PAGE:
US11216510B2 - Processing an incomplete message with a neural network to generate suggested messages - Google Patents

Processing an incomplete message with a neural network to generate suggested messages Download PDF

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US11216510B2
US11216510B2 US16/054,473 US201816054473A US11216510B2 US 11216510 B2 US11216510 B2 US 11216510B2 US 201816054473 A US201816054473 A US 201816054473A US 11216510 B2 US11216510 B2 US 11216510B2
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message
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messages
feature vector
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Lisa Lijia Jiang
Tao Lei
Shawn Henry
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ASAPP Inc
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    • GPHYSICS
    • G06COMPUTING; CALCULATING; COUNTING
    • G06FELECTRIC DIGITAL DATA PROCESSING
    • G06F16/00Information retrieval; Database structures therefor; File system structures therefor
    • G06F16/90Details of database functions independent of the retrieved data types
    • G06F16/903Querying
    • G06F16/9032Query formulation
    • G06F16/90324Query formulation using system suggestions
    • GPHYSICS
    • G06COMPUTING; CALCULATING; COUNTING
    • G06FELECTRIC DIGITAL DATA PROCESSING
    • G06F16/00Information retrieval; Database structures therefor; File system structures therefor
    • G06F16/30Information retrieval; Database structures therefor; File system structures therefor of unstructured textual data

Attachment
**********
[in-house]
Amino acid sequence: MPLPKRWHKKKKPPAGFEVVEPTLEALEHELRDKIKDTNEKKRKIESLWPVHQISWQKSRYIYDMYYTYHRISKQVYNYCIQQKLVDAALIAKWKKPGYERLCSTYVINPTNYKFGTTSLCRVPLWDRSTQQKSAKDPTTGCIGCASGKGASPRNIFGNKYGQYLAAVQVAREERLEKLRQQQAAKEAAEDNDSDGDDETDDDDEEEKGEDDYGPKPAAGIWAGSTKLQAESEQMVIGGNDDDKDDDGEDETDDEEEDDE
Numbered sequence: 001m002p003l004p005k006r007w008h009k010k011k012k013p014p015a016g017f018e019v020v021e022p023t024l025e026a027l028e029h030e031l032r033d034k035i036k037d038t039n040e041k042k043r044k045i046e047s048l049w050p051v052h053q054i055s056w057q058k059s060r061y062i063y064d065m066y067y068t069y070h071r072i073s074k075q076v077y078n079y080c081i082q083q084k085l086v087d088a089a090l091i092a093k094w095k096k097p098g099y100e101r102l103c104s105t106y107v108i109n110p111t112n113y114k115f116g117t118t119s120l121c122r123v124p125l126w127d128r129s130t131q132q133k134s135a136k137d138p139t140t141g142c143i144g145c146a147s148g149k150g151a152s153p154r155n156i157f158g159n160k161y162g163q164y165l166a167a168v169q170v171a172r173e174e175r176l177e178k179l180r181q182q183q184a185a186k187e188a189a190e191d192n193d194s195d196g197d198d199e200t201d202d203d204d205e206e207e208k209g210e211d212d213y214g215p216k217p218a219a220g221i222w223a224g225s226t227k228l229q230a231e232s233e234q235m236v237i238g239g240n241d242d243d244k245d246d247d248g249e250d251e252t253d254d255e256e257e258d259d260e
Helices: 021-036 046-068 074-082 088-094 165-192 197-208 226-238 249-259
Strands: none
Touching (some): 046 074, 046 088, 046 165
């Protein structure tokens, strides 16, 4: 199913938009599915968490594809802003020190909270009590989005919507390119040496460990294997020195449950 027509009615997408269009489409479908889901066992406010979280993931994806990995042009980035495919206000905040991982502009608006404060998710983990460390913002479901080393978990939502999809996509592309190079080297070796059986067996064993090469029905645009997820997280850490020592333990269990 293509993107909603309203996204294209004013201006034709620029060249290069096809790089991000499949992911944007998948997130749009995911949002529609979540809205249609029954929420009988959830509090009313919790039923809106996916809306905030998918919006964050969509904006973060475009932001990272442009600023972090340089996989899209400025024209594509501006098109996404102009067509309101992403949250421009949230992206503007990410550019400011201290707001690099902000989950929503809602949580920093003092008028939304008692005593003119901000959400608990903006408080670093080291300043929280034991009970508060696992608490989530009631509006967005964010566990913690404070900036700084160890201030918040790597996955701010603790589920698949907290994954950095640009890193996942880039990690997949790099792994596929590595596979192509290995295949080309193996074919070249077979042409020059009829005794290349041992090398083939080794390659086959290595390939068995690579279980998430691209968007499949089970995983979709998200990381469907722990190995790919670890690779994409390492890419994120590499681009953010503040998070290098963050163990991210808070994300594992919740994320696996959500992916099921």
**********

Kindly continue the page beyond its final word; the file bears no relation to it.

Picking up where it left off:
• G06F16/33Querying
    • G06F16/3331Query processing
    • G06F16/334Query execution
    • G06F16/3347Query execution using vector based model
    • GPHYSICS
    • G06COMPUTING; CALCULATING; COUNTING
    • G06NCOMPUTING ARRANGEMENTS BASED ON SPECIFIC COMPUTATIONAL MODELS
    • G06N3/00Computing arrangements based on biological models
    • G06N3/02Computing arrangements based on biological models using neural network models
    • GPHYSICS
    • G06COMPUTING; CALCULATING; COUNTING
    • G06NCOMPUTING ARRANGEMENTS BASED ON SPECIFIC COMPUTATIONAL MODELS
    • G06N3/00Computing arrangements based on biological models
    • G06N3/02Computing arrangements based on biological models using neural network models
    • G06N3/04Architectures, e.g. interconnection topology
    • G06N3/0445Feedback networks, e.g. hopfield nets, associative networks
    • GPHYSICS
    • G06COMPUTING; CALCULATING; COUNTING
    • G06NCOMPUTING ARRANGEMENTS BASED ON SPECIFIC COMPUTATIONAL MODELS
    • G06N3/00Computing arrangements based on biological models
    • G06N3/02Computing arrangements based on biological models using neural network models
    • G06N3/04Architectures, e.g. interconnection topology
    • G06N3/0454Architectures, e.g. interconnection topology using a combination of multiple neural nets
    • GPHYSICS
    • G06COMPUTING; CALCULATING; COUNTING
    • G06NCOMPUTING ARRANGEMENTS BASED ON SPECIFIC COMPUTATIONAL MODELS
    • G06N3/00Computing arrangements based on biological models
    • G06N3/02Computing arrangements based on biological models using neural network models
    • G06N3/08Learning methods
    • HELECTRICITY
    • H04ELECTRIC COMMUNICATION TECHNIQUE